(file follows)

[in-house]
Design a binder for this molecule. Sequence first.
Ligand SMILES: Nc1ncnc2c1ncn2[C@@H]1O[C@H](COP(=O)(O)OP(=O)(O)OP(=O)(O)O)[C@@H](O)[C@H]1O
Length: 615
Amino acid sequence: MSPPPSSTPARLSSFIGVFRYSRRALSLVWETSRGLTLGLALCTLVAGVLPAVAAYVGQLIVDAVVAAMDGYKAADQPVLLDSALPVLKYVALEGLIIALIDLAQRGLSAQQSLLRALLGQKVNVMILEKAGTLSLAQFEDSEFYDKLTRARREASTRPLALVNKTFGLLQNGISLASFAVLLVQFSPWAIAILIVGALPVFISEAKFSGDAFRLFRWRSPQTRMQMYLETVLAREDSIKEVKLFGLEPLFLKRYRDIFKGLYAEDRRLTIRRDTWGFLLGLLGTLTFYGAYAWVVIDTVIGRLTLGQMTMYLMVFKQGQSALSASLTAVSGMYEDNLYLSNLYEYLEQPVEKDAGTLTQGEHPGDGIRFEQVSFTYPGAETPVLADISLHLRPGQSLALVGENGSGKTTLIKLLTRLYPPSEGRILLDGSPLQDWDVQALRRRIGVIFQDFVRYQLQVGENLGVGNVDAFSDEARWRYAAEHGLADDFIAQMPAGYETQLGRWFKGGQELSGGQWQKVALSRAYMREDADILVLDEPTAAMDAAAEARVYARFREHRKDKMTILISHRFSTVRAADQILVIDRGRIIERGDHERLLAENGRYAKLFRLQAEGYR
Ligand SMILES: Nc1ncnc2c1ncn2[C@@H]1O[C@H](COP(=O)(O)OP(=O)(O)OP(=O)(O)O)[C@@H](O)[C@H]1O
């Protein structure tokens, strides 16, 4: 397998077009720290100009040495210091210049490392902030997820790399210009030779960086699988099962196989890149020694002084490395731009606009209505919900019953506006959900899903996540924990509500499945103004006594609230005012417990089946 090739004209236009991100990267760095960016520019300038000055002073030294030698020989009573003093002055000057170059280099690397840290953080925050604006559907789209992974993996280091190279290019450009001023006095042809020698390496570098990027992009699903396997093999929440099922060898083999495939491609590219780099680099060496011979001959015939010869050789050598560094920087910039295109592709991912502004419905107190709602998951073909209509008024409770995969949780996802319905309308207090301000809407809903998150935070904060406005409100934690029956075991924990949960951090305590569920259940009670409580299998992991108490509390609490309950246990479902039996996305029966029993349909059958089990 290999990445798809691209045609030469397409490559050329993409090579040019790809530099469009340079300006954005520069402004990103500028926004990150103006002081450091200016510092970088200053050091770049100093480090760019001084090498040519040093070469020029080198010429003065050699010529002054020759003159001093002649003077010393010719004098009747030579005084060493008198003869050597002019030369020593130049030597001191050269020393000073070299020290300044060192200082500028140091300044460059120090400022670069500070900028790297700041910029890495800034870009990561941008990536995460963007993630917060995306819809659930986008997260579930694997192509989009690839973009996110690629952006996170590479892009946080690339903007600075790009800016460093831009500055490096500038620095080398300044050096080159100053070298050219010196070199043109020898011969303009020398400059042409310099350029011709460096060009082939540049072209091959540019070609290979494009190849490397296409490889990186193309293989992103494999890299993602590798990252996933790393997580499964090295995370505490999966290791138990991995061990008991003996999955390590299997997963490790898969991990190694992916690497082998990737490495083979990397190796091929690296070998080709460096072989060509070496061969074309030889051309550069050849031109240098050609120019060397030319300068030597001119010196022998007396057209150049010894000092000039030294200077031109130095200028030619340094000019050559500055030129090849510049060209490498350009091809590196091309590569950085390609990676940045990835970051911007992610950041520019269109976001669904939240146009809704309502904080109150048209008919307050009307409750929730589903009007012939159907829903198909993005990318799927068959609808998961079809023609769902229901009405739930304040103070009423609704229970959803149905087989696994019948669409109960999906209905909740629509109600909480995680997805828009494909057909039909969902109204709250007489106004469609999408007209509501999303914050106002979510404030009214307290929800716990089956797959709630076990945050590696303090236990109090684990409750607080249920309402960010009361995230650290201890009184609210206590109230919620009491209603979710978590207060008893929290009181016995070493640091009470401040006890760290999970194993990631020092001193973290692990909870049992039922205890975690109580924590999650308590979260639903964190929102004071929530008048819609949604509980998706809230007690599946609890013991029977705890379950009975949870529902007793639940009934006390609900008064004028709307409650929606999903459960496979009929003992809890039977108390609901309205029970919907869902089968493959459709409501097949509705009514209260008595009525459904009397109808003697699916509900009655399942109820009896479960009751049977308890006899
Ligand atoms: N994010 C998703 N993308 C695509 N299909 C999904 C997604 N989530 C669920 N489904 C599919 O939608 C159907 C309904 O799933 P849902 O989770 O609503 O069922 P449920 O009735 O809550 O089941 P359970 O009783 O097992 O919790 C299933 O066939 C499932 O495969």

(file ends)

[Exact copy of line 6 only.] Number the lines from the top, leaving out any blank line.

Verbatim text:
Ligand SMILES: Nc1ncnc2c1ncn2[C@@H]1O[C@H](COP(=O)(O)OP(=O)(O)OP(=O)(O)O)[C@@H](O)[C@H]1O